JCMIFest is an annual showcase and celebration of audio and video production created by Texas Tech students in journalism and creative media industries.
The festival took place on Tuesday evening at the Alamo Drafthouse Cinema.
Kade Willimack, a freshman advertising major from Mason, showcased the documentary he made with two other friends, called "Awakening."
The film revolves around the life of a retired, homeless veteran who has been living in the streets, he said.
“We felt like we really wanted to make a social justice film; that was kind of the whole point,” he said.
Willimack and his peers were looking at many social justice issues to determine which one they felt they could represent the best, and homelessness came up, he said. They had some connections that led them to some homeless shelters.
“We started looking around, talking to people and listening to their stories; that version of the film is unedited, so it's not the final project,” he said.
Willimack spends a lot of time in the College of Media and Communication building, he said, and upon seeing the posters promoting JCMIFest, he and his friends thought, "we might as well submit a film, why not."
It took him and his friends about a month to complete the film, he said.
Willimack was in charge of the lighting, sound and other technical tasks, he said. He is also co-director of the documentary. Finding the time and effort to create the film had to be the most challenging part of the whole process, he said.
Seeing his work on the screen has been his favorite part of the festival, he said.
Willimack’s film won the best video, audience choice award at the festival. The film will be automatically entered into 2019 Flatland Film Festival Shorts Program.
Anwen Pope, a junior creative media industries major from Austin, showcased two of her films at the festival.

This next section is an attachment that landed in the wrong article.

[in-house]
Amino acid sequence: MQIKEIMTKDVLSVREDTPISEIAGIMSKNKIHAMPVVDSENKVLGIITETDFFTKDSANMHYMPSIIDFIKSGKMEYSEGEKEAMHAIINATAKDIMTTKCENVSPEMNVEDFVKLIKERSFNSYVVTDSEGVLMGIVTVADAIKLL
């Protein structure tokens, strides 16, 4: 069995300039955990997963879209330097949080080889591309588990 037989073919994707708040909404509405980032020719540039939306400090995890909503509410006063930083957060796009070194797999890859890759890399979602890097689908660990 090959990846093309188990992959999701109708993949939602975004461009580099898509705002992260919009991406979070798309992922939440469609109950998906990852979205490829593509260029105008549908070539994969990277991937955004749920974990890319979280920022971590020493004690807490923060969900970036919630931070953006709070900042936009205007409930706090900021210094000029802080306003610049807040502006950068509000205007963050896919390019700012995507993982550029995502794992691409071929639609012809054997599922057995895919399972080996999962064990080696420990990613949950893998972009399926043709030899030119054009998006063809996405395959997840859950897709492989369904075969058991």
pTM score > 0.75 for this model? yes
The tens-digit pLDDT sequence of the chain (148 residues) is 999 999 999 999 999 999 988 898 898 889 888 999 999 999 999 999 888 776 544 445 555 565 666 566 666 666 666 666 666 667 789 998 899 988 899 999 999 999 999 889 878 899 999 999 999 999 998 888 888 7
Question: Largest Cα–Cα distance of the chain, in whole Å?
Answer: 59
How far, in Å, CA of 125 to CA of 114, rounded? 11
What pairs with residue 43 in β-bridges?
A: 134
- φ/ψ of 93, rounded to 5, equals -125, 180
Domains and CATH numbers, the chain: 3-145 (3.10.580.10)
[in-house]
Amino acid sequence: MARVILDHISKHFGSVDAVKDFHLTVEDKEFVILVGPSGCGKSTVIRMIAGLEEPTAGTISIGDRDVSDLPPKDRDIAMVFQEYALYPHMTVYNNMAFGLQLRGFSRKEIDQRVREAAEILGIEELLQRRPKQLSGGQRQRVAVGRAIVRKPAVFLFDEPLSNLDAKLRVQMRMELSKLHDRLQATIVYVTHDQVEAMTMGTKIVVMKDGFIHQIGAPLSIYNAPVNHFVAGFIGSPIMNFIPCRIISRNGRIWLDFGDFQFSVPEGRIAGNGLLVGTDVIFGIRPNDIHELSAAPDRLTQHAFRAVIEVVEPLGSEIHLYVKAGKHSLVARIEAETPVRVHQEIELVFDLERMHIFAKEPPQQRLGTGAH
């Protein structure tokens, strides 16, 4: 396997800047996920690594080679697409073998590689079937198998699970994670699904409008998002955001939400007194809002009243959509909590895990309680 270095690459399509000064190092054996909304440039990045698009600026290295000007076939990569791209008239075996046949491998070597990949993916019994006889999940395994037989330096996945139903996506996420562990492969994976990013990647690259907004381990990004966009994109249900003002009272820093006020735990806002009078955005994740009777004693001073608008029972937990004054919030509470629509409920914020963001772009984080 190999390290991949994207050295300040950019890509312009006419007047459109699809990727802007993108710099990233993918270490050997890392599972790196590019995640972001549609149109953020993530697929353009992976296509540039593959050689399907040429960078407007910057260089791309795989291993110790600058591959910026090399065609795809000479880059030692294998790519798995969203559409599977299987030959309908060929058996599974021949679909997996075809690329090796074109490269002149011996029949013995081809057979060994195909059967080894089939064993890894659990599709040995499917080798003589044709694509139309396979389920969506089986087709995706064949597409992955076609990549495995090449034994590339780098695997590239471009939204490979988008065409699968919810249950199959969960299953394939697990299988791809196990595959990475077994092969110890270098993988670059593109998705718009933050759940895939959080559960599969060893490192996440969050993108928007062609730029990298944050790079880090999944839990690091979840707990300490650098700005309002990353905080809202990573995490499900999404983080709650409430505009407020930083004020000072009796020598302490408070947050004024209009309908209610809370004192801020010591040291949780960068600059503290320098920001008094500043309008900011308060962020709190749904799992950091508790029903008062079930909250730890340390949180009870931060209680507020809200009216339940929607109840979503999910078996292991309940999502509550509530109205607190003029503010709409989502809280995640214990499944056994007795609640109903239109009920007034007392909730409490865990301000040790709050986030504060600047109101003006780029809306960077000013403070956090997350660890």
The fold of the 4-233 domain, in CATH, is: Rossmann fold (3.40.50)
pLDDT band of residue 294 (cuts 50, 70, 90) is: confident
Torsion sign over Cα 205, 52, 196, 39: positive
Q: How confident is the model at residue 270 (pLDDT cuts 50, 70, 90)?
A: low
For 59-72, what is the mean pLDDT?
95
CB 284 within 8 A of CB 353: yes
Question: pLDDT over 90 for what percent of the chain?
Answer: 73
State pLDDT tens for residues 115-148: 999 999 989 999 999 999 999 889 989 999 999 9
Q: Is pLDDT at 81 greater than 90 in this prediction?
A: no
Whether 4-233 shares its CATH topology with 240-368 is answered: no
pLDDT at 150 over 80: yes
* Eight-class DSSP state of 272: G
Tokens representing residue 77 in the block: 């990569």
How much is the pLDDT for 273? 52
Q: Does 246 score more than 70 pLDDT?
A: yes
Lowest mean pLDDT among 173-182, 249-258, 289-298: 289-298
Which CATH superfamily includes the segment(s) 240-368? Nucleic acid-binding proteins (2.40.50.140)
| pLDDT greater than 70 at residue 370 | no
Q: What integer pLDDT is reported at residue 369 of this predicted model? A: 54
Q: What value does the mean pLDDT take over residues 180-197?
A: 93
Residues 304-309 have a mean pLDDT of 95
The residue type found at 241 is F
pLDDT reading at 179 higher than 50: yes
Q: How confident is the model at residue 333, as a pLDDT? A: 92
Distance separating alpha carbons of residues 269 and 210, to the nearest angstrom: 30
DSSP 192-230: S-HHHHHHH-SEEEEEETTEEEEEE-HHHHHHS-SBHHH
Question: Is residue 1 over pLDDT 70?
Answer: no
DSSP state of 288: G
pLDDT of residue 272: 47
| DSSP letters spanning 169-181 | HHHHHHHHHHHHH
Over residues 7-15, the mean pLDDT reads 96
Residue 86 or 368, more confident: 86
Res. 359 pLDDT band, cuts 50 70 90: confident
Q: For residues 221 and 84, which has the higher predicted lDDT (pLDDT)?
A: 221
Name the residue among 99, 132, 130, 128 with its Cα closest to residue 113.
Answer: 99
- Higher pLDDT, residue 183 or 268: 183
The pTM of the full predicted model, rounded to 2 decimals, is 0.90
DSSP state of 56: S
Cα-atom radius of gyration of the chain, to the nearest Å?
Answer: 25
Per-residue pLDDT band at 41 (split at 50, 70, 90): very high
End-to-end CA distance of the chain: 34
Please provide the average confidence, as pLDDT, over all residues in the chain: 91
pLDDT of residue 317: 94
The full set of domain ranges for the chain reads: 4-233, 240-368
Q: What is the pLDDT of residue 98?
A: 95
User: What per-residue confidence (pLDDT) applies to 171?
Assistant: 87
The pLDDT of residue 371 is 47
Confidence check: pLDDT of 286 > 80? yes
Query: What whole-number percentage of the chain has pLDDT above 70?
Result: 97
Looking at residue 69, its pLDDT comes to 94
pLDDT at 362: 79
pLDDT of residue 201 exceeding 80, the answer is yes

One of them, titled "Texas Snow," was a documentary about cotton farmers in the the South Plains area
Pope's other film, "Everyone Enjoys a Rainbow," was about the adventure media class she took last year, and about how social media works with adventure media in the real world.
Pope did cinemetaphorgy and editing on both her films.
“I participated in JCMIFest last year, so I decided to do it again this year,” she said.
Her favorite part of the festival has been learning new things, she said.
“Especially with a documentary, I was going into a subject I didn't necessarily know about, but I learned more about it through making a film,” she said.
"Texas Snow" won the best video, judges choice, award at the festival.
Rusty Griffin, creative director and partner at GriffinWink Advertising, participated as one of the judges at the festival.
“I attended the festival last year, and this year I was invited to be a judge,” he said.
While judging the films, Griffin looks for criteria such as a story being told, and the film having a beginning, middle and end, he said.
Griffin’s favorite part was the attendance, he said.
“They had to turn five people away, so for a small festival like this, I thought that was really impressive," he said.